The Mullahs Say Thanks
Review & Outlook
The Wall Street Journal
October 12, 2015
President Obama and his
foreign-policy admirers—a dwindling lot—hoped that the nuclear deal would
make Iran more open to cooperation in the Middle East and with the U.S. Mark
this down as another case in which the world is disappointing the American
Iran’s judiciary on Monday
announced thatJason Rezaian, the Washington Post’s Tehran correspondent,
has been convicted. He was on trial for “espionage.” Security forces
arrested Mr. Rezaian and his wife, journalist Yeganeh Salehi, in July
2014. Ms. Salehi was later released, but the regime has held Mr. Rezaian “in a
black hole for 14 months,” as his brother, Ali, told us. Mr. Rezaian,
a U.S. citizen, has been denied even the basic rights the regime sometimes
affords political prisoners, including bail and phone calls.
The timing of the conviction
won’t escape students of history. Friday was the 444th day of his captivity.
That was the number of days U.S. diplomats in Iran spent as hostages following
the 1979 Islamic Revolution. Mr. Rezaian’s conviction three days later is the
mullah equivalent of mailing a dead fish to an adversary.
Mr. Rezaian’s brother also told
us that “I’d like the U.S. government to say [about Jason’s detention]:
This kind of behavior has consequences. Up to now this has had no consequences.
What have been the consequences? It hasn’t stopped them from getting their
nuclear deal. And it hasn’t stopped them from getting over half a billion a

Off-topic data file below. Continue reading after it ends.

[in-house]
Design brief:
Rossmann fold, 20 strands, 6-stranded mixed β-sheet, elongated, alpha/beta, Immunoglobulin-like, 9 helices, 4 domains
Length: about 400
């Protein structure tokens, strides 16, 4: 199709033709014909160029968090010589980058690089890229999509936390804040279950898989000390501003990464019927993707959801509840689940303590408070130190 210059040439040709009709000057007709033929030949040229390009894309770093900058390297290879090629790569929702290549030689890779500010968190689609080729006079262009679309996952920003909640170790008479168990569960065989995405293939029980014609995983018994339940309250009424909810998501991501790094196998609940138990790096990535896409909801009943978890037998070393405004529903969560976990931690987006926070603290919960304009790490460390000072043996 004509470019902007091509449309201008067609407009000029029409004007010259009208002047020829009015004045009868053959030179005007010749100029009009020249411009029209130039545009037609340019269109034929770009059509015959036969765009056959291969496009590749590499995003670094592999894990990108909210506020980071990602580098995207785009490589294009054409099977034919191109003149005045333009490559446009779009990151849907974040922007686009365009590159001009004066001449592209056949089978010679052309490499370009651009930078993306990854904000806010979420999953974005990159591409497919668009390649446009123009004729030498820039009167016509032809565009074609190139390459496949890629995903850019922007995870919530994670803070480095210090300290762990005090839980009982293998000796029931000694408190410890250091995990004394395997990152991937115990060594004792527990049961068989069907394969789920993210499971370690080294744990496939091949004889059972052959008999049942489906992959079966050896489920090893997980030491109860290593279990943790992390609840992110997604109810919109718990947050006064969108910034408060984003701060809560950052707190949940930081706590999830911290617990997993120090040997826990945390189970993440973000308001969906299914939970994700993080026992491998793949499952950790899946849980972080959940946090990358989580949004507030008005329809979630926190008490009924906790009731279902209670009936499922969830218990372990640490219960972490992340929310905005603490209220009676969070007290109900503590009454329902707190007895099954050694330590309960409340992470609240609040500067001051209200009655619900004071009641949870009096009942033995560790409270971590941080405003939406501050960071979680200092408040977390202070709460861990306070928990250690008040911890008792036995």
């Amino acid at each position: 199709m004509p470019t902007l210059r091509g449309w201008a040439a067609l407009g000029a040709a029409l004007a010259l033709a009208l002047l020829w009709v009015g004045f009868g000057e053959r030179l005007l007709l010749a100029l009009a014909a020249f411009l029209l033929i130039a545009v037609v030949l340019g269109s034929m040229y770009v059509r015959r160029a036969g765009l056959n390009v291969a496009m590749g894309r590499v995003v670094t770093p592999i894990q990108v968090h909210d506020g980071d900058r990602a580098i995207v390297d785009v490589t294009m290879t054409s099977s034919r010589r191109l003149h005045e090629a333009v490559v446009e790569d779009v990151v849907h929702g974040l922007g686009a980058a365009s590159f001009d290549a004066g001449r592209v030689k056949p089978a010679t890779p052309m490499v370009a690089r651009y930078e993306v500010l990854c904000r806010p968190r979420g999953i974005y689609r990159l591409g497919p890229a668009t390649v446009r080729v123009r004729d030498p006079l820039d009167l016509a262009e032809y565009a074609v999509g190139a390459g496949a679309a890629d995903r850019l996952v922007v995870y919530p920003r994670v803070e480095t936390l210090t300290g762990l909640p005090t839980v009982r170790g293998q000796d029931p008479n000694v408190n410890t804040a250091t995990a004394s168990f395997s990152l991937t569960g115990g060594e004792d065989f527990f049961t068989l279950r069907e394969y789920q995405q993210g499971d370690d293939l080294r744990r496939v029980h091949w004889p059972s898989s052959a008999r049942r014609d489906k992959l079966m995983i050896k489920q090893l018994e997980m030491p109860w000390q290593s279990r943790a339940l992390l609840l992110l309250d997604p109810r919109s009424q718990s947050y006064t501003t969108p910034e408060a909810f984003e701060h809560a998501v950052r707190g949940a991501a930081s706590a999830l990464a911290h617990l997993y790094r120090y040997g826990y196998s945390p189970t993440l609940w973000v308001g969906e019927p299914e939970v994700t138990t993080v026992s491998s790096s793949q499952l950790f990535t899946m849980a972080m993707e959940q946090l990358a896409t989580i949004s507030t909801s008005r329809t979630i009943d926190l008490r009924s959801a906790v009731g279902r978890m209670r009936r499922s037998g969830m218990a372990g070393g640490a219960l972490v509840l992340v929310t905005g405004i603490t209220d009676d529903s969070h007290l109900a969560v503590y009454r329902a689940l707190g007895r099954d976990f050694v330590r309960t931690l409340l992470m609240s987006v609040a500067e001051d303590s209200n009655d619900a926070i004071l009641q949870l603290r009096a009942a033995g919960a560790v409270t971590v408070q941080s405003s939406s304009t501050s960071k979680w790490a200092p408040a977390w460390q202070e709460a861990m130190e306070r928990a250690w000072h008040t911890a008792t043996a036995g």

month in sanctions relief since we started talking to them.”
The Iranian judiciary answers to
Supreme Leader Ali Khamenei, who last week issued an edict banning any
talk with Washington. Supporters of the Iran deal are sure to blame Mr. Khamenei
and his hard-line faction for the Rezaian case and the regime’s permanent
anti-American posture. President Hassan Rouhani and Foreign Minister Javad
Zarif, deal supporters say, don’t share Mr. Khamenei’s view of America
as the Great Satan.
Perhaps. But in a theocracy led by
a man who rules as the Almighty’s vicegerent on Earth, the views of Messrs.
Rouhani and Zarif count for little. That’s doubly so when it comes to Iran’s
weapons programs. There, too, Tehran is already defying the U.S. and reneging on
On Sunday the regime tested a new
long-range, guided ballistic missile code-named Emad (“Pillar”) in violation
of the nuclear deal. United Nations Security Council Resolution 2231—which
passed shortly after the agreement to harmonize its provisions with
international law—prohibits Iran from conducting ballistic-missile work for
But the mullahs are nothing if not
impatient, and the Islamic Republic has already made clear that it doesn’t
intend to abide by the provisions of Resolution 2231 it dislikes. Testifying
before the Senate over the summer, U.S. Secretary of State John
Kerryrepeatedly vowed to sanction Iran if it cheated on missiles. Well,
here’s an early test case, Mr. Secretary.
The more likely outcome is that
the Obama Administration will find a way to explain that the missile test
doesn’t violate the nuclear accord that Mr. Obama considers a crowning
achievement. Meanwhile, Iran’s government will bank up to $150 billion that it
can deploy to back its militia proxies in the Middle East. Add the new
Iran-Russia offensive in Syria, and Tehran would appear to have taken the
nuclear deal as a signal that it can now do whatever it wants without